claims. All of the cases were consolidated into one case seeking
class action status, but shortly thereafter, one action was
voluntarily dismissed. In December 2008, the Court dismissed the
actions of the four remaining plaintiffs. In April 2010, those
plaintiffs filed a new consolidated class action against the
Company and Janssen, L.P. (now Janssen Pharmaceuticals, Inc.
(JPI)); and in March 2011, that action was dismissed. In April
2011, one of those plaintiffs filed a notice of appeal with the
United States Court of Appeals for the Third Circuit.


JOHNSON & JOHNSON: Race Discrimination Suit Dismissed in May
------------------------------------------------------------
Johnson & Johnson obtained a dismissal of a class action lawsuit
alleging race discrimination in May 2011, according to the
Company's August 9, 2011, Form 10-Q filing with the U.S.
Securities and Exchange Commission for the quarter ended July 3,
2011.

In September 2004, Plaintiffs, in an employment discrimination
litigation initiated against the Company in 2001 in the United
States District Court for the District of New Jersey, moved to
certify a class of all African American and Hispanic salaried
employees of the Company and its affiliates in the United States,
who were employed at any time from November 1997 to the present.
Plaintiffs seek monetary damages for the period 1997 through the
present (including punitive damages) and equitable relief. The
Court denied Plaintiffs' class certification motion in December
2006 and their motion for reconsideration in April 2007.
Plaintiffs sought to appeal these decisions and, in April 2008,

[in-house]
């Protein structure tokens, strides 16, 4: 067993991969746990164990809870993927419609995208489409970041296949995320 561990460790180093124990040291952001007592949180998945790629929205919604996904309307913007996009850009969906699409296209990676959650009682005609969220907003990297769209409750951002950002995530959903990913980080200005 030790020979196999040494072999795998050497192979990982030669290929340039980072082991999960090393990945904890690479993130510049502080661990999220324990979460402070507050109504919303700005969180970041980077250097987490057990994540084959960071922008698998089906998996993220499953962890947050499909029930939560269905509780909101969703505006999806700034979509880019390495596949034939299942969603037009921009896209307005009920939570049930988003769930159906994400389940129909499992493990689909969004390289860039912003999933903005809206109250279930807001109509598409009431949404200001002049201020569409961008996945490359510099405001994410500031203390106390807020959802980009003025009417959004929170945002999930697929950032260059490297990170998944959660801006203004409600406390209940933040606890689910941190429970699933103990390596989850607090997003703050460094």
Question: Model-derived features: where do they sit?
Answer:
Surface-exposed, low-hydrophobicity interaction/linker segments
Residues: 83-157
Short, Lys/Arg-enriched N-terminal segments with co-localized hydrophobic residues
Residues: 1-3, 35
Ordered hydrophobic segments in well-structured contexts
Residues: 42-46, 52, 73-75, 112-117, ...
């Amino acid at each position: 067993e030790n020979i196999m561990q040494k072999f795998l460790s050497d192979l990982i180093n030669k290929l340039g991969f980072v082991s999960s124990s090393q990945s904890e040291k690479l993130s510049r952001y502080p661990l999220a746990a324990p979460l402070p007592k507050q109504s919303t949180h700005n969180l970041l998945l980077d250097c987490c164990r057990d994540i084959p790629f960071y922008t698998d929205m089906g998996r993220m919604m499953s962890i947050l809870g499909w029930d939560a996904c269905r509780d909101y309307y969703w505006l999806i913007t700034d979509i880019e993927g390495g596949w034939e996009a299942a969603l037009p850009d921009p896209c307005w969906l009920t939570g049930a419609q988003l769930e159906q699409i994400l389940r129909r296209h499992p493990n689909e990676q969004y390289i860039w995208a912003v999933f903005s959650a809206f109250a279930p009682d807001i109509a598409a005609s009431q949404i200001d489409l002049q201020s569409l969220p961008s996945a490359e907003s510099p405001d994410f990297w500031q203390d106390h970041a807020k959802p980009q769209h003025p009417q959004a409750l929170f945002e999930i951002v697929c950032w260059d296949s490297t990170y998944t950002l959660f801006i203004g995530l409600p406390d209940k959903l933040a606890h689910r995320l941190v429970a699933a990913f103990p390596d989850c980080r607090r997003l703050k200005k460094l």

the Court of Appeals ruled that Plaintiffs' appeal of the denial
of class certification was untimely. In July 2009, Plaintiffs
filed a motion for certification of a modified class, which the
Company opposed. The District Court denied Plaintiffs' motion in
July 2010, and the Court of Appeals denied Plaintiffs' request for
leave to appeal the denial of certification of the modified class.
In May 2011, the case was dismissed with prejudice.


K-V PHARMACEUTICAL: Continues to Defend Product Liability Suits
---------------------------------------------------------------
K-V Pharmaceutical Company and its subsidiary continue to defend
themselves against product liability lawsuits, two of which are
class actions, according to the Company's August 9, 2011, Form
10-Q filing with the U.S. Securities and Exchange Commission for
the quarter ended June 30, 2011.

The Company and its subsidiary ETHEX Corporation are named
defendants in at least 34 pending product liability or other
lawsuits that relate to the voluntary product recalls initiated by
the Company in late 2008 and early 2009. The plaintiffs in these
lawsuits allege damages as a result of the ingestion of
purportedly oversized tablets allegedly distributed in 2007 and
2008. The lawsuits are pending in federal and state courts in
various jurisdictions. The 34 pending lawsuits include 4 that have
settled but have not yet been dismissed. In the 34 pending
lawsuits, two plaintiffs allege economic harm, 24 plaintiffs
allege that a death occurred, and the plaintiffs in the remaining
lawsuits allege non-fatal physical injuries. Plaintiffs'
allegations of liability are based on various theories of